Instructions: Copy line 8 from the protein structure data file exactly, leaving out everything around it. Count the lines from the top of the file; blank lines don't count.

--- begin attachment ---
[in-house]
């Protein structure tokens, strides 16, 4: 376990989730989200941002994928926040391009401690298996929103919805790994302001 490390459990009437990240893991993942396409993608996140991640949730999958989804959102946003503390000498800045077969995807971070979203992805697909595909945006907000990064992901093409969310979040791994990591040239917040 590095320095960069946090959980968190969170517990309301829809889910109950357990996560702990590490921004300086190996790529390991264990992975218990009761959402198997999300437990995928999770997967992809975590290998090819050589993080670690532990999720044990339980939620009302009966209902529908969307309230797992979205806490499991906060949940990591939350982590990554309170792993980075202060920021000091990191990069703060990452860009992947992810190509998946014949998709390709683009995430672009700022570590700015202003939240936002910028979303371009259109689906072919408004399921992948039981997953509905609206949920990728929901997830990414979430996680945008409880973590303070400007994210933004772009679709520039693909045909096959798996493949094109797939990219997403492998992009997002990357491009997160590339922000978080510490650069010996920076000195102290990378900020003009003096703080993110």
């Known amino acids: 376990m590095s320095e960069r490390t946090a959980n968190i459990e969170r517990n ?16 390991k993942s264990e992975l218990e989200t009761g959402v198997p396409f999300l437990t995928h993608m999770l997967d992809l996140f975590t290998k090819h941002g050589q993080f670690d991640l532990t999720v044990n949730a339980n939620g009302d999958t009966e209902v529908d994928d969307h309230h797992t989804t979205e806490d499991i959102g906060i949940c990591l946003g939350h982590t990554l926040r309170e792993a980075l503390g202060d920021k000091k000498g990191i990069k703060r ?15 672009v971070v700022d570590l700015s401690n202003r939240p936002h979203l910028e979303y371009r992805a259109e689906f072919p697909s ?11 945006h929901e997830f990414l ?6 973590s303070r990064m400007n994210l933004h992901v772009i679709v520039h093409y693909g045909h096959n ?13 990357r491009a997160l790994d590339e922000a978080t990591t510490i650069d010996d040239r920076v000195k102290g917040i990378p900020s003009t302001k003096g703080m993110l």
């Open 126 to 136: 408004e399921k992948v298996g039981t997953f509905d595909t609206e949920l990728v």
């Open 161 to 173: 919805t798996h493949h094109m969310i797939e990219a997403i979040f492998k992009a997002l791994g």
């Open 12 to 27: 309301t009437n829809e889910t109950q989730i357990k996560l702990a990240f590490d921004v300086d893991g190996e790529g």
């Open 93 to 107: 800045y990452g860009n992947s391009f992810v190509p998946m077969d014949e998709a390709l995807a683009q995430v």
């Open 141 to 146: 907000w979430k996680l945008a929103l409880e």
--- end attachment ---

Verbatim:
């Open 141 to 146: 907000w979430k996680l945008a929103l409880e």